Whether material was intended remain private would arguably be a question of fact based on the facts of the particular case. Not only who takes the video/pics make a big difference but as in the actual case cited by Nolder there is a seperate question of how the deceminator of the pics got the video/pics. In the case at hand one of the participants shared a cloud account with his grilfriend. If he willingly put the pictures on the shared account I do not see how he can claim that has a valid privacy interest that has legal protection. 

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15 hours ago, CUBAREY said:

Whether material was intended remain private would arguably be a question of fact based on the facts of the particular case. Not only who takes the video/pics make a big difference but as in the actual case cited by Nolder there is a seperate question of how the deceminator of the pics got the video/pics. In the case at hand one of the participants shared a cloud account with his grilfriend. If he willingly put the pictures on the shared account I do not see how he can claim that has a valid privacy interest that has legal protection. 

You have a photo album in your house. 

You invite me in your home. You say "Here have a look at the family photo album"

I then proceed to post it for everyone on the internet.
 

Same thing, different technology.

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17 hours ago, Nolder said:

It would be more akin to him giving you a copy of his album.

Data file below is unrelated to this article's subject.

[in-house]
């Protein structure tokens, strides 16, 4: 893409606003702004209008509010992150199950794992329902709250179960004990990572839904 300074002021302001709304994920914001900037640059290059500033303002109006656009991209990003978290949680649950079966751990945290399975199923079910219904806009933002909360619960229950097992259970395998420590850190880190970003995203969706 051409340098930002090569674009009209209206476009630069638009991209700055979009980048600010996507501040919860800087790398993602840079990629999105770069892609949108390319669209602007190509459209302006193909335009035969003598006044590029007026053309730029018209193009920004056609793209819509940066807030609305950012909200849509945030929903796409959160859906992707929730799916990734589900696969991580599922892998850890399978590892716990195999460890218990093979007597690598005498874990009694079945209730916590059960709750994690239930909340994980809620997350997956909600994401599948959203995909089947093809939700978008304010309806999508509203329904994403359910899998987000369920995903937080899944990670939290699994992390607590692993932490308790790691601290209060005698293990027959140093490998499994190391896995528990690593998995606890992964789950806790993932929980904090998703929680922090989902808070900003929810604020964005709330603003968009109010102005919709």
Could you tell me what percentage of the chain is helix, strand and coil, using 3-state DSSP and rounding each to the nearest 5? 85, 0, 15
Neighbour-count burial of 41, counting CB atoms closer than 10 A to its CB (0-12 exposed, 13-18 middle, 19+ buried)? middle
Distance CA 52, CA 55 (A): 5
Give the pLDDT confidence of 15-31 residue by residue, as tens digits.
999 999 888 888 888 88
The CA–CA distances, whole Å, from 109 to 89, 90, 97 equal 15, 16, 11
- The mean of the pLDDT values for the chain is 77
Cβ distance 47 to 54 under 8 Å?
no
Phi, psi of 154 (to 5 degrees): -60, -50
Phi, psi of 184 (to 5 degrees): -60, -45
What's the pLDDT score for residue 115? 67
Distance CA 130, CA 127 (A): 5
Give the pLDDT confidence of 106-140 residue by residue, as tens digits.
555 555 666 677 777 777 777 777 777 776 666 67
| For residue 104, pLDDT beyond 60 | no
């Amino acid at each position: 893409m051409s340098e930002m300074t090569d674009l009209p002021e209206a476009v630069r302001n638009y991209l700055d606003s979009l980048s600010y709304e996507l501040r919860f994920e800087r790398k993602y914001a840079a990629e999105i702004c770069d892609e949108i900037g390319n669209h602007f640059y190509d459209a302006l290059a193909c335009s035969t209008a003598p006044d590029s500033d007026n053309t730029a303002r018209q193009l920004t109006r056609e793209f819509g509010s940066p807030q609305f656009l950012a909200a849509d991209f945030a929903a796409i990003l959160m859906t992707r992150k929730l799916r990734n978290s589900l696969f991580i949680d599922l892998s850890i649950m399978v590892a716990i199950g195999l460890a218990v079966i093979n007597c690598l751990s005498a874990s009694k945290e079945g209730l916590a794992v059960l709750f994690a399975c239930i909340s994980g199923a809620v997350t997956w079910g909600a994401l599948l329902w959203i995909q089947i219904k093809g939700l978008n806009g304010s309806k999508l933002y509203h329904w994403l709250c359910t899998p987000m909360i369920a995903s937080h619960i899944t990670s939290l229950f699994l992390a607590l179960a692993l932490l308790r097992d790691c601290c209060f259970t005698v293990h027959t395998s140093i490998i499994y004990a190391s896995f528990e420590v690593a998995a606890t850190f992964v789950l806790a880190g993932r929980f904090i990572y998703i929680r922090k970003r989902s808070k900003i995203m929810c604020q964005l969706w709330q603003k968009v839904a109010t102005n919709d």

Not really.
A cloud full of pictures can exist to be viewed. (Look at services like Photobucket).
 

If I gave you access to my cloud, You're able to view the files, you can download them, (technically seeing any picture online means you download it), but you don't own the intellectual property that is within it.
Distributing my intellectual property against my express wishes, infringes upon my intellectual property rights.

To put it another way. 

If you went to Photobucket, and started downloading artwork/pictures, and then tried selling/passing it off as your own, that's copyright infringement.

The only difference between that, and revenge porn is you're more likely to get caught distributing revenge porn... getting caught distributing it is kind of the point.

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"If I gave you access to my cloud, You're able to view the files, you can download them, (technically seeing any picture online means you download it), but you don't own the intellectual property that is within it.
Distributing my intellectual property against my express wishes, infringes upon my intellectual property rights."

 

Sure I cannot sell your intellectual property and make a profit but the issue you do not address is that by giving me access to your cloud account yuo are voiding your claim of "privacy". Unless you can make a claim that access to the cloud was conditional on my agreement not to disclose anything disclosed there your giving me access voids your legal claim to a privcy right to whats in the cloud.

On 5/21/2019 at 3:16 PM, SinisterDeath said:

You have a photo album in your house. 

You invite me in your home. You say "Here have a look at the family photo album"

I then proceed to post it for everyone on the internet.
 

Same thing, different technology.

And when you showed me the qalbum you gave me access to technalogy to duplicate the materials therein then your claim to a privacy interest in the pictures would have very little legal validity. 

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"If you went to Photobucket, and started downloading artwork/pictures, and then tried selling/passing it off as your own, that's copyright infringement.